January 2018, 'extraordinary' boom in pilgrimages to the Holy Land
The presence of Chinese, Russian and Eastern European pilgrims increased significantly. The "controlled" reaction of the Palestinians against Trump's decision on capital Jerusalem. Pilgrimages "good for the whole population": They help fight terrorism and fundamentalism.
Jerusalem (AsiaNews) - 2018 began with an "extraordinary boom" in pilgrimages. The Christian Information Center recently announced this, confirming the statistics of the Israeli ministry for tourism: the tensions over Jerusalem have not affected the steadily increasing number of pilgrims arriving in the Holy Land.
In the month that has just ended, 770 groups of pilgrims went to the Holy Land, for a total of 26 thousand people. A far more significant figure than the 529 groups registered in January 2017 and 390 in 2016.
A "boom" in pilgrimages that began at the end of 2017, as told by Sobhy Makhoul, deacon of the Maronite Patriarchate of Jerusalem. "Between November and mid-December there were many pilgrims, so many that for the first time we had to house some of them in the city like Hebron, almost 30 km south of Bethlehem."
"Europeans - he continues - are returning but not only, Chinese, Russian and Eastern European pilgrims are on the rise. There is a great movement on the part of the Orthodox Churches, they come in hundreds and hundreds. The fact that Israel has facilitated the visa application for the Chinese has also had a positive impact. For example, those who have already obtained a European visa can enter Israel without problems. Many rich Chinese come here, some of these are Protestants. "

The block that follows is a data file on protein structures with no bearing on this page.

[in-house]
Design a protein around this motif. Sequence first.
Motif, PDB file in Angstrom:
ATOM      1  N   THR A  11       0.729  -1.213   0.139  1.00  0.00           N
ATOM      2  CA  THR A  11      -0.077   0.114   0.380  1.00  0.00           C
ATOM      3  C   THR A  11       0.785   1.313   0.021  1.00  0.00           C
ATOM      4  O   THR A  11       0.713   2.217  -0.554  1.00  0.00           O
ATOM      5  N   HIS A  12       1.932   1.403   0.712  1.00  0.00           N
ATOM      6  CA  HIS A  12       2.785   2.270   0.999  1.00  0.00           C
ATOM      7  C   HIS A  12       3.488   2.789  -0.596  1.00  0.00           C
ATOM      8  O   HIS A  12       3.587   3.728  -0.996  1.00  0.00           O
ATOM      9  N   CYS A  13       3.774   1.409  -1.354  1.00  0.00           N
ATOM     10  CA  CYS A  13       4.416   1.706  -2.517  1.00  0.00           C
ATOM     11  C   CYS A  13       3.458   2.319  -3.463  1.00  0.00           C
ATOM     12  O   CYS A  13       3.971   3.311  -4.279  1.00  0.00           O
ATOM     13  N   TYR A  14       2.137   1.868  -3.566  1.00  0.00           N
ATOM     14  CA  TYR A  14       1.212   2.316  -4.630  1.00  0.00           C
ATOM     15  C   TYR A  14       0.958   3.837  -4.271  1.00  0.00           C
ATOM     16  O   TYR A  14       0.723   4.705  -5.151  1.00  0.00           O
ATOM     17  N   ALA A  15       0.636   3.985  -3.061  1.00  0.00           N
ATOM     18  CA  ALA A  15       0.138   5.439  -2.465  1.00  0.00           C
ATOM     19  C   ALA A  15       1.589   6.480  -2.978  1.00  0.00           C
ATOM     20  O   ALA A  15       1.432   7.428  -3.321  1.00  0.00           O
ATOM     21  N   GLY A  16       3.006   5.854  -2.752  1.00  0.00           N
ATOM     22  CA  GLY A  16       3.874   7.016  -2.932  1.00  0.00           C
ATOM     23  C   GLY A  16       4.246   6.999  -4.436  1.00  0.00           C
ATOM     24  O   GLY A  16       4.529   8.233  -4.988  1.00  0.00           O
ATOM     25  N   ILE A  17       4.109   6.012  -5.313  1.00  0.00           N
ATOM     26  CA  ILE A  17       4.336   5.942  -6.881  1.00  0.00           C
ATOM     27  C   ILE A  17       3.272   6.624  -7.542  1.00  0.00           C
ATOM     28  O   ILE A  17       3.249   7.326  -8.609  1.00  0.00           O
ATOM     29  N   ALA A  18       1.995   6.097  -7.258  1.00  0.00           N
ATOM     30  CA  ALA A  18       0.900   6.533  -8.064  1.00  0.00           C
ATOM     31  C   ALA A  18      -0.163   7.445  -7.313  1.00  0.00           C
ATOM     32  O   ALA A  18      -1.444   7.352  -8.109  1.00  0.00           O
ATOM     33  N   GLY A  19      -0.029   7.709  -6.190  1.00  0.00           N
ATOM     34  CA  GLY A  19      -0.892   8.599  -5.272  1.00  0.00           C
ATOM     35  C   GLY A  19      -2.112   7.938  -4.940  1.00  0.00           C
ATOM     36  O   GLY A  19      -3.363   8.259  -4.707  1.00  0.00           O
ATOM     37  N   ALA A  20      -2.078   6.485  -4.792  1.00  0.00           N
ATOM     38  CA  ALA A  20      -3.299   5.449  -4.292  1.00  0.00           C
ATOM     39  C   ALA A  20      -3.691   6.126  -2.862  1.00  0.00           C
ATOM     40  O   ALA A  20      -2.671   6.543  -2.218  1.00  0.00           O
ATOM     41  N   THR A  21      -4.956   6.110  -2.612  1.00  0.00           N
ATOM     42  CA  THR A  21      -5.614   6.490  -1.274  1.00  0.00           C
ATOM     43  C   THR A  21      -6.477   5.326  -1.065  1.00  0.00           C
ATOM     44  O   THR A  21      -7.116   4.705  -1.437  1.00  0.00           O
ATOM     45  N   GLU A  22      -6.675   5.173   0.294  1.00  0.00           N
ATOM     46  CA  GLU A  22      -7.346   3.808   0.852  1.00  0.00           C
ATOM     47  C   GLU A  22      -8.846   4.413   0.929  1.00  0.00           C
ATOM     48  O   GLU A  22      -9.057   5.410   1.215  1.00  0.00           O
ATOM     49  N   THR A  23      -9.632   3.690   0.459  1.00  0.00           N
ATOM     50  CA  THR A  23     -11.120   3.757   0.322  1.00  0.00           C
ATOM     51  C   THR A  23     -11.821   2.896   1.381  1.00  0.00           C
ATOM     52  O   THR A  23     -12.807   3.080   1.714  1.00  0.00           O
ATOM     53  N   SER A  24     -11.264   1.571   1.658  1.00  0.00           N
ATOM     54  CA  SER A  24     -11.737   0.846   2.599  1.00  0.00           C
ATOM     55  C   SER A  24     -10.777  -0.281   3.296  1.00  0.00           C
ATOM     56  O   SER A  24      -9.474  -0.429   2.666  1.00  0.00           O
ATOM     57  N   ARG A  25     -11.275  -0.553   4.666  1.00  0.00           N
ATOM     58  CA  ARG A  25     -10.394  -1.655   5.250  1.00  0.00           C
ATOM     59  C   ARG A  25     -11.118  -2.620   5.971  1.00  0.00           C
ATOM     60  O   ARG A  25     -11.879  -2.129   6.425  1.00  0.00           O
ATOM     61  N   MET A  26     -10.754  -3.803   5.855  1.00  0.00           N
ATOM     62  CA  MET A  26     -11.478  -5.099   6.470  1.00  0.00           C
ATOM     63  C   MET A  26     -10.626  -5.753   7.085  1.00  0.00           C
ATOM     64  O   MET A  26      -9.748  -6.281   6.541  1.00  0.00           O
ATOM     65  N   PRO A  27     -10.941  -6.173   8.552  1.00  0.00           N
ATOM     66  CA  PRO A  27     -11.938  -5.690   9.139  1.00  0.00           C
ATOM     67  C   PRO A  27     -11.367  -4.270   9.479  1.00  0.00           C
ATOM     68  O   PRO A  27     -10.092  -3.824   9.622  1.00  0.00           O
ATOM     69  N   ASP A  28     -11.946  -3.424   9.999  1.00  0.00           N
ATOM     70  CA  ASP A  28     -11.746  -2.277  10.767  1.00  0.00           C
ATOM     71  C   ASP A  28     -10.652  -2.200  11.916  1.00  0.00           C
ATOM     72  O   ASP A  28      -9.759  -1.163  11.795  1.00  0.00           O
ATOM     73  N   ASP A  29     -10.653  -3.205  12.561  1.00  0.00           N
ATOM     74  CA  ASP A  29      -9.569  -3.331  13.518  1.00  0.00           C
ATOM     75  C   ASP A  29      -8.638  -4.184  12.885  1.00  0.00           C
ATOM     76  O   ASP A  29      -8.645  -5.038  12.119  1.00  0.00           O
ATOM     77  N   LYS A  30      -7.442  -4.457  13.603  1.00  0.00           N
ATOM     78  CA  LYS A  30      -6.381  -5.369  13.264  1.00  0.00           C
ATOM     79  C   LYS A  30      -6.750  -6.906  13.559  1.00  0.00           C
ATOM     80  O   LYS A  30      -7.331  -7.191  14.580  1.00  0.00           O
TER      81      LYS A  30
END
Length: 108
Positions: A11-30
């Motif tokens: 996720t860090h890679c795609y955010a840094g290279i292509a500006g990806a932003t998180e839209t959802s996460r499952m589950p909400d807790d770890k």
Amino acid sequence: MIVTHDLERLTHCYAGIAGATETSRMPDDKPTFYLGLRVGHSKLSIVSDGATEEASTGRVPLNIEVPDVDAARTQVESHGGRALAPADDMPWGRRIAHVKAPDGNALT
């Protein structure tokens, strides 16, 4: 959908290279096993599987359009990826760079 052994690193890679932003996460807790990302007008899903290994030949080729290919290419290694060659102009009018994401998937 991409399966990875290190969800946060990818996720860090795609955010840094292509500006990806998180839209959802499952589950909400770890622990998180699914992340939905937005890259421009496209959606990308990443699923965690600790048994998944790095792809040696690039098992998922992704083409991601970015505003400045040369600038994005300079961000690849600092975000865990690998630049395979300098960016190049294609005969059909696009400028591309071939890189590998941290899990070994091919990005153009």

"On paper, for 2018 there is an unexpected demand, we are hoping that the political situation will allow it, that there will be no sparks of tension".
The deacon emphasizes that not only are Christian pilgrimages on the rise, but also Muslim ones. In particular, there are huge flows of pilgrims from Indonesia, Malaysia and Turkey.
According to Makhoul, the "hesitations" of the pilgrims were reassured by the "controlled" reaction of the Palestinians to the decision of the American president Donald Trump to move the American embassy from Tel Aviv to Jerusalem. "The Palestinians want to protest peacefully - explains the Maronite - all [the media] talk about war, but no one here wants it. Even the population in Israel no longer wants to hear about wars. People want peace, they want to live".
"[These pilgrimages] are for the good of the population; not only Christians, but also Muslims and Jews", concludes Makhoul. "When the economic situation is positive, people live and work. Fundamentalism and terrorism only take root where there is poverty and ignorance. This is something that the Western world must understand, by beginning to think differently about how to act and intervene in our "third world", helping people develop ".